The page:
President-elect Joe Biden is already putting pressure on Congress to pass more coronavirus relief early next year, setting the stage for a high profile-battle with GOP lawmakers shortly after he takes office.
Congress passed roughly $900 billion in new assistance after months of haggling as COVID-19 cases climbed, businesses shuttered, cities re-imposed lockdown restrictions and hundreds of thousands of Americans died from the virus.
The bill, which President Trump has criticized but not threatened to veto, is meant to help the country through what public health experts are warning will be a brutal winter, even as two vaccines are starting to be administered. Biden and Democrats, however, view it as a “down payment” ahead of additional aid they want to pass next year.
“I have said all along, this bill is just a first step — a down payment — on addressing the crisis … we’re in. There’s a lot more work to do. Early next year I will put before the Congress my plans for what comes next,” Biden told reporters during a press conference shortly after Congress passed the relief package, which was tied to $1.4 trillion to fund the government through Sept. 30.
Biden’s pledge is being echoed by Democratic leaders who are vowing to work with him to push for more funding once he is sworn in as president on Jan. 20.
“We have new hope which springs from the vaccine and from the commitment President-elect Biden has to following science. We are ready for the next step,” Speaker Nancy Pelosi (D-Calif.) wrote in a letter to Democratic colleagues.
Senate Minority Leader Charles Schumer (D-N.Y.) told reporters that he spoke to Biden after the bill passed. He said they agreed the country needs a “bigger, bolder bill” and in “January, February we will start.”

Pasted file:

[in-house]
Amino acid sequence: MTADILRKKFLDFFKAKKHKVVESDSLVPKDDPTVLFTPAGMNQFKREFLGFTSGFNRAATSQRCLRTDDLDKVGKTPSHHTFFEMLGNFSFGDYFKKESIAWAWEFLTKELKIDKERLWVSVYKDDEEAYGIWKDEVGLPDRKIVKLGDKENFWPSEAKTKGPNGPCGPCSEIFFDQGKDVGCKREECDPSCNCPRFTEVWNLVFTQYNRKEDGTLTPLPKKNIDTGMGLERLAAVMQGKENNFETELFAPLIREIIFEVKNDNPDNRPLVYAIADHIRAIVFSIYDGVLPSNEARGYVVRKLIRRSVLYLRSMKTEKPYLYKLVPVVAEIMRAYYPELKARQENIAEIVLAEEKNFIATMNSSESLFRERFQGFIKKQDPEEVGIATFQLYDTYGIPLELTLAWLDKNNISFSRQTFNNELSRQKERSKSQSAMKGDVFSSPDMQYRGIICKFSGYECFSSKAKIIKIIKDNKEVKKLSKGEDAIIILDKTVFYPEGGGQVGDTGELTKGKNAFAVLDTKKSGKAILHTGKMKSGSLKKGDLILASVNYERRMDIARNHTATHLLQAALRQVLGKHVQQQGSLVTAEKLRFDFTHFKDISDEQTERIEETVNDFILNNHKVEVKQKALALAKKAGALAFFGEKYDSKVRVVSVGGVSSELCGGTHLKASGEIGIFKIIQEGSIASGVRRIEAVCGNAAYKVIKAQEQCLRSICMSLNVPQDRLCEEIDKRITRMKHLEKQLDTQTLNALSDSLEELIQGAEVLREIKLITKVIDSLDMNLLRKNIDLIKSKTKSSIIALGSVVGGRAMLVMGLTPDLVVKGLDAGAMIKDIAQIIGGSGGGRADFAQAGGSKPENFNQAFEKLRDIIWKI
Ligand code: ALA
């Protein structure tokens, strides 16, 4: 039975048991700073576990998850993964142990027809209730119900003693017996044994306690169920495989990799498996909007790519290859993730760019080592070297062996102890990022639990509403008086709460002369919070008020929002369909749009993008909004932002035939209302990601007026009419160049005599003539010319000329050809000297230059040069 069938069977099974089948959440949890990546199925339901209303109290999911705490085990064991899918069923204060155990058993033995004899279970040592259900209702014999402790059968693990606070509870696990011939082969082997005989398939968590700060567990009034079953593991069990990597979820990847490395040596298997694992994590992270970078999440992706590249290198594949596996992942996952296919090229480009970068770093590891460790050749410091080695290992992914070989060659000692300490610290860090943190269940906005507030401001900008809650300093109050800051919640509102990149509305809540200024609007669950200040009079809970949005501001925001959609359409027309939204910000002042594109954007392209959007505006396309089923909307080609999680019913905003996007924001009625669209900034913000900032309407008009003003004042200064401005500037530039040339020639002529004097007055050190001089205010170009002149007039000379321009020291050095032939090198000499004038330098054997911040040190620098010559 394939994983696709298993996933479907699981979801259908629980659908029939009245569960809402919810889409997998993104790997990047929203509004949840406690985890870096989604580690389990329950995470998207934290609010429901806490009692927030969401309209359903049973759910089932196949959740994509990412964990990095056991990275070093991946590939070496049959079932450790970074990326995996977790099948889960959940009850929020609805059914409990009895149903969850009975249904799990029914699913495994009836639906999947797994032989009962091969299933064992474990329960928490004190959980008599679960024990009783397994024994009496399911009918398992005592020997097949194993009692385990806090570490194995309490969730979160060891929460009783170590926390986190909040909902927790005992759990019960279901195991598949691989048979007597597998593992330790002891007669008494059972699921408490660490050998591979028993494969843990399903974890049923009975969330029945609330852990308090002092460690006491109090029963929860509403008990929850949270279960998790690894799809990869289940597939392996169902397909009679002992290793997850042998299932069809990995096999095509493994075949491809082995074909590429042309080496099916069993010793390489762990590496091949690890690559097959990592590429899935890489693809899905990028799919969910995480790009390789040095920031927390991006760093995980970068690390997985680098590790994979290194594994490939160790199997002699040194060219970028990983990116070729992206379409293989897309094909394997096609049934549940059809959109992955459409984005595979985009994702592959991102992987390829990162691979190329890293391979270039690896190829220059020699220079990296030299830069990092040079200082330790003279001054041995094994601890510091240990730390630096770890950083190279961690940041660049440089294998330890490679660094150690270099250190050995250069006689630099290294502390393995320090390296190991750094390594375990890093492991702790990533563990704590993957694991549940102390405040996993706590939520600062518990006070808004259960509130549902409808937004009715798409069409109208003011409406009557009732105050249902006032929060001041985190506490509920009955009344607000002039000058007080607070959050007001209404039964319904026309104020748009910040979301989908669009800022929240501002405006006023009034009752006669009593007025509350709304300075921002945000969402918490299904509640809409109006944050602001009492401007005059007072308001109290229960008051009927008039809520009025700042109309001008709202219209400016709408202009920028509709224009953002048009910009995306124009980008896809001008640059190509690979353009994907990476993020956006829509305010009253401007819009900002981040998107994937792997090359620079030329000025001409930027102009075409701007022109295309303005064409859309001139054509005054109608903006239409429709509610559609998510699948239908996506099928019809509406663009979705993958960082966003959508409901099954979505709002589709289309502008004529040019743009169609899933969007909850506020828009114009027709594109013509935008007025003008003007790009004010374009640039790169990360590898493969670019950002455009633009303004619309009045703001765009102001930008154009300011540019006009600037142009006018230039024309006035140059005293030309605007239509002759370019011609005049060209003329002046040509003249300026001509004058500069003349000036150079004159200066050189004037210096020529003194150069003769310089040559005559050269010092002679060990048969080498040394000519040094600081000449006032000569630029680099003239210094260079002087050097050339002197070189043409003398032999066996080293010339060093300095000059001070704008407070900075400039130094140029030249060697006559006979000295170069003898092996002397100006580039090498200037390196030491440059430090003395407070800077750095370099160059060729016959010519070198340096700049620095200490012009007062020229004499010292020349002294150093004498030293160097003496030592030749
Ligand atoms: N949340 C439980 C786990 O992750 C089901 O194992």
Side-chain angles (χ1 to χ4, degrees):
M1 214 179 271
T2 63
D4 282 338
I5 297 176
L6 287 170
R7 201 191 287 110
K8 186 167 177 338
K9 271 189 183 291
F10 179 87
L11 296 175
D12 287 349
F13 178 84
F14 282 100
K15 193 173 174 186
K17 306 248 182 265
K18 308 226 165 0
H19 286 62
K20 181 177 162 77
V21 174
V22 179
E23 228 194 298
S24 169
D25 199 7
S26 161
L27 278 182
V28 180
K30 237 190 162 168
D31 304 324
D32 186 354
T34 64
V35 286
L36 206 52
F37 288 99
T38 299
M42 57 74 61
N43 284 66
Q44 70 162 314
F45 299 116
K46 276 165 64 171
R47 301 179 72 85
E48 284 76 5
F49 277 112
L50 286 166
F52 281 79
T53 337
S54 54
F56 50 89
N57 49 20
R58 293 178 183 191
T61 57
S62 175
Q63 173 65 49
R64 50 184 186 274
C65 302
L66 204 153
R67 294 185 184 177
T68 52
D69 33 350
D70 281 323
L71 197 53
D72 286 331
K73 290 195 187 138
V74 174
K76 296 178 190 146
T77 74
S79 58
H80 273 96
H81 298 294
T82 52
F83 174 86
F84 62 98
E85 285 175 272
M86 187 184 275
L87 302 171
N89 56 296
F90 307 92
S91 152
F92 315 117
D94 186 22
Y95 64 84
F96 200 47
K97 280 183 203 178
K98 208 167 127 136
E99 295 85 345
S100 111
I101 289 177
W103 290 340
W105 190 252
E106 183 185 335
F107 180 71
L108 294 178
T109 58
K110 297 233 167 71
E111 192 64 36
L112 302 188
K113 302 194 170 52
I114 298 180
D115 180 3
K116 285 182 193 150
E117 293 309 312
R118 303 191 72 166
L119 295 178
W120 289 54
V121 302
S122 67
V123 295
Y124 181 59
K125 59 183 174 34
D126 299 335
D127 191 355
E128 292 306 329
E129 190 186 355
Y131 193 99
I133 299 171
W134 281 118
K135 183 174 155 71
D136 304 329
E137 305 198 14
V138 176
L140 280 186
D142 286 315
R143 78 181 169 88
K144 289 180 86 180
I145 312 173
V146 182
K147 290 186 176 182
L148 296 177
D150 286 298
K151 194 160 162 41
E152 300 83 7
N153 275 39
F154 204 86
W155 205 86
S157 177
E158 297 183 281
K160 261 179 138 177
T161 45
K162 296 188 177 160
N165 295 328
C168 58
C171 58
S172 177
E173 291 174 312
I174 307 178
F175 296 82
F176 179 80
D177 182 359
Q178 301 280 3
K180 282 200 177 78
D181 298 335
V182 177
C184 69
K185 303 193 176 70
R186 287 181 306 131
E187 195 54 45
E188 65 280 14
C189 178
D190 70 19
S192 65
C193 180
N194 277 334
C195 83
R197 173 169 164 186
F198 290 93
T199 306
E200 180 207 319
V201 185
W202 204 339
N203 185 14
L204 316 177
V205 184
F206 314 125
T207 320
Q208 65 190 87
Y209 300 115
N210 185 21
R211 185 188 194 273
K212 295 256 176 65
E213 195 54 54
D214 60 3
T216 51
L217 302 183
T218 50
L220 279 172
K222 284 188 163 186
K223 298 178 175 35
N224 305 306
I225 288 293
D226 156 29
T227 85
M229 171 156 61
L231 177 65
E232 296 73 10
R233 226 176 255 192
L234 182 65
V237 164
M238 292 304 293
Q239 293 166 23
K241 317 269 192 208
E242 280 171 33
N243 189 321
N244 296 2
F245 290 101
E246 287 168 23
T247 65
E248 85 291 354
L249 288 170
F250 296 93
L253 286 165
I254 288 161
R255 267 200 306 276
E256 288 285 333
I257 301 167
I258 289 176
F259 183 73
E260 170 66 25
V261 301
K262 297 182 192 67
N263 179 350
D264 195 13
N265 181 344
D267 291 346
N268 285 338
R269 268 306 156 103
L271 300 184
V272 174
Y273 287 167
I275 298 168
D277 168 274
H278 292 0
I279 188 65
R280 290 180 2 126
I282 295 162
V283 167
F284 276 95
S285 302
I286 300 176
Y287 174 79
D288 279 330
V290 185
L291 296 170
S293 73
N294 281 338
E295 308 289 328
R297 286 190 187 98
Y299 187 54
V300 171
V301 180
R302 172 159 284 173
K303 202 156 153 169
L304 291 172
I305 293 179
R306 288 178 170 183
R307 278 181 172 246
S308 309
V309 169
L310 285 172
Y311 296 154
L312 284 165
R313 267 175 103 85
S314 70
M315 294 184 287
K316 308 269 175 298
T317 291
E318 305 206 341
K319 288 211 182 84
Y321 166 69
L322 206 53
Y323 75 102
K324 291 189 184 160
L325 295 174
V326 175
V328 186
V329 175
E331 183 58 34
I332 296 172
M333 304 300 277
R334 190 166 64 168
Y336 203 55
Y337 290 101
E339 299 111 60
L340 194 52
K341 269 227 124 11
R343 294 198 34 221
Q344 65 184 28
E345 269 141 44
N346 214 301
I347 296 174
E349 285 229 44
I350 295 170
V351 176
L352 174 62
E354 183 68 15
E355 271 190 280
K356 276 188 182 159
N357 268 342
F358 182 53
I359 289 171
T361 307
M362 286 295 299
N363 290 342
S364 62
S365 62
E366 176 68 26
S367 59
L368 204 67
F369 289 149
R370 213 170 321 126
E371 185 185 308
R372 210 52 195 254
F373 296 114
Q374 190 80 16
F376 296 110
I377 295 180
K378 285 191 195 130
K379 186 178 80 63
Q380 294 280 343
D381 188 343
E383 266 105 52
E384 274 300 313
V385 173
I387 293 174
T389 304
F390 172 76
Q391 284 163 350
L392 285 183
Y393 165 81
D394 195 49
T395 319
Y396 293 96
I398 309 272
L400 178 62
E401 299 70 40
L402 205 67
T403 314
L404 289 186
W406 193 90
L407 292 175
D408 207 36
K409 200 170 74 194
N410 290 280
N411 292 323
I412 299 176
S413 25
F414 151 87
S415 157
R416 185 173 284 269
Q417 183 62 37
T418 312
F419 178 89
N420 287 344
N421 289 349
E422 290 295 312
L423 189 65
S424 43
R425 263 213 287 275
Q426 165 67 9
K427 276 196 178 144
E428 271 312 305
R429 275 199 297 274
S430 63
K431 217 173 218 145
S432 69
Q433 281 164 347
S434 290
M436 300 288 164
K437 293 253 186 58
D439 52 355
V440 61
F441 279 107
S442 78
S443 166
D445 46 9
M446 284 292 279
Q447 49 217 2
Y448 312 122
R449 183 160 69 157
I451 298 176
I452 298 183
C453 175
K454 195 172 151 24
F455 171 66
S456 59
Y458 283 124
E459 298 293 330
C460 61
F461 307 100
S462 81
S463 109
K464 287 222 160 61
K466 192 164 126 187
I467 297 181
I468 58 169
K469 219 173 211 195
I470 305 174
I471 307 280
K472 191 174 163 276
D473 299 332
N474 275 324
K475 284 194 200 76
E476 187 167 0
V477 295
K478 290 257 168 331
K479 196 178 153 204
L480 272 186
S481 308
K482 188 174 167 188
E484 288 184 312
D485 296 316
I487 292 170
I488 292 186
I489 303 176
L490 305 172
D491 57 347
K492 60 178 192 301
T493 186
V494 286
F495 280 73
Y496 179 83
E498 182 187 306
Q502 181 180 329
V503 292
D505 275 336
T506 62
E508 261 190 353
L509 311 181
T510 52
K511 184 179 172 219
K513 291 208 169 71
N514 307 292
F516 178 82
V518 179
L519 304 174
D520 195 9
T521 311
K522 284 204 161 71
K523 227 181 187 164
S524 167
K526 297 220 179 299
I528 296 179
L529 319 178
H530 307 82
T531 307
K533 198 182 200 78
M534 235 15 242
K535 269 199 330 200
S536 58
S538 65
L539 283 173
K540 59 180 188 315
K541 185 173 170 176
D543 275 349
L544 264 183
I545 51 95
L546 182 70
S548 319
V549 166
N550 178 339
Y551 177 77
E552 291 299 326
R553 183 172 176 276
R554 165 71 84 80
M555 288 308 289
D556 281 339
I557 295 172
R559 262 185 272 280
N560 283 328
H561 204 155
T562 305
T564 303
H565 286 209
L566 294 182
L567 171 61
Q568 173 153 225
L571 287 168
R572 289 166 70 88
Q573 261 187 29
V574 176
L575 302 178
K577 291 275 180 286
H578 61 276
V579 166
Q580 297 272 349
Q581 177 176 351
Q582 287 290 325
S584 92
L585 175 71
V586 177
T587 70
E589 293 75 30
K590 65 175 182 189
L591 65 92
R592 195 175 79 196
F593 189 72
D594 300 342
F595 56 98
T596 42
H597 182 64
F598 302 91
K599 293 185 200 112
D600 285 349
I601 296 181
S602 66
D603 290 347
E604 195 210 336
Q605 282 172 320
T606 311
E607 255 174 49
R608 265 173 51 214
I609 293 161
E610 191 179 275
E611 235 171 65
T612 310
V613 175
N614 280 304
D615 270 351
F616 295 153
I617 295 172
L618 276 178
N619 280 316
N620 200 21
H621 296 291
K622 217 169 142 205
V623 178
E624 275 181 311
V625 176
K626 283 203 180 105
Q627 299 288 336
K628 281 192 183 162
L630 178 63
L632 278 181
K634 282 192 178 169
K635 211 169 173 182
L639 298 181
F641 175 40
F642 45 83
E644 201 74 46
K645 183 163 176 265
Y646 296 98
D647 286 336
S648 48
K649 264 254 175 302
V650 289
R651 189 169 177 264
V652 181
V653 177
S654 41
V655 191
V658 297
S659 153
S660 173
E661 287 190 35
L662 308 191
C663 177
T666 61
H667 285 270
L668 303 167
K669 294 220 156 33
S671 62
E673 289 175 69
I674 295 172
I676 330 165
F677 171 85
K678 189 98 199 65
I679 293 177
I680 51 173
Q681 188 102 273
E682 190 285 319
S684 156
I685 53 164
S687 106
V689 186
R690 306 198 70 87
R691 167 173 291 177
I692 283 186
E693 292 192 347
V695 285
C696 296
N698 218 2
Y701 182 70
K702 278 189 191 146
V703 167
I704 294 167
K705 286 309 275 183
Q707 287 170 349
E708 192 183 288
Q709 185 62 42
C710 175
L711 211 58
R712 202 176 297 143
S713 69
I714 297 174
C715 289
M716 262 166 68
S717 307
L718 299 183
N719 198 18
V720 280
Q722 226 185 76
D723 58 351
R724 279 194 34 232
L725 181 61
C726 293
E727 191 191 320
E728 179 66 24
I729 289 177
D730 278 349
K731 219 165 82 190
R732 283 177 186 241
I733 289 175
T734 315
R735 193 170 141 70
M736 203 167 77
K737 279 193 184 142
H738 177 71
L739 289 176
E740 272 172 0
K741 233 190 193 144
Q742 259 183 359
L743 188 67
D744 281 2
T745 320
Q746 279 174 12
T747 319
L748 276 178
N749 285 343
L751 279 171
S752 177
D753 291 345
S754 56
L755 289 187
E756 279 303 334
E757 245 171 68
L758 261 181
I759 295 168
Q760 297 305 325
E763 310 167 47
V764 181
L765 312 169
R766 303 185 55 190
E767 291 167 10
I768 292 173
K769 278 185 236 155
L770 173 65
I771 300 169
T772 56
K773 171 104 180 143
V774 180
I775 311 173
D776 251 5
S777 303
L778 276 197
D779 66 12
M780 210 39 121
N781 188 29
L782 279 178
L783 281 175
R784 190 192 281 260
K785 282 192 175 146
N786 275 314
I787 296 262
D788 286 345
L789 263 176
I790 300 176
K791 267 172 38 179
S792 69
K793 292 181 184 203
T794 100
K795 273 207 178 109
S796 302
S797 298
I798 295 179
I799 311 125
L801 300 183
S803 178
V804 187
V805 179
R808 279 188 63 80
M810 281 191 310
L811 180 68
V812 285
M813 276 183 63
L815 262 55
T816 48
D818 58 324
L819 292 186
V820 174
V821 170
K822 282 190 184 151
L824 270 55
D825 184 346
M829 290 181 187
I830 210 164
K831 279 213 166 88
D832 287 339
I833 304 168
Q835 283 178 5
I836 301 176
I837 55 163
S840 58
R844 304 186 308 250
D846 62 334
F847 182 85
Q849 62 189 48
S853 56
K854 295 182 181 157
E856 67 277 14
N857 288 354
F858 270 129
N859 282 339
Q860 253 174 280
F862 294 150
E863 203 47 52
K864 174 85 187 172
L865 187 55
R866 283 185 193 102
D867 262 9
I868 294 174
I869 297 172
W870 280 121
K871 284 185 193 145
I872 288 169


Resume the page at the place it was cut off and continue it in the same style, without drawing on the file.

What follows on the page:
But Biden is likely to face significant headwinds from Senate Republicans, regardless of which party controls the Senate after the two runoff elections in Georgia on Jan. 5.
If Republicans win one or both Georgia races, they will have 51 or 52 seats in the chamber, meaning Senate Majority Leader Mitch McConnell (R-Ky.) will control what measures come to the floor for a vote. If Democrats win both seats they’ll be able to force a 50-50 majority, but will still need GOP support in order to pass most legislation.
Top Republicans are warning that while they expect Biden to request more COVID-19 aid, it’s far from guaranteed that Congress will sign off on it.
“Nothing’s guaranteed. … I’m confident that you’ll hear from the administration and particularly state and local” governments, Sen. John Cornyn (R-Texas) said about the prospect for more relief next year.
Sen. John Thune (S.D.), the No. 2 GOP senator, said the push for more coronavirus relief could be determined by the outcome of the two Georgia races.
“I think the incoming administration is viewing it as something that they can do now and then they can come back at this next year. A lot of this probably depends on what happens in Georgia,” Thune said, asked if he viewed the year-end package as a downpayment.
McConnell was noncommittal when asked during a recent Fox News interview about providing more aid.
“If after the new administration comes in, they want to advocate more, we’ll take a look at it based upon conditions in the country,” McConnell said.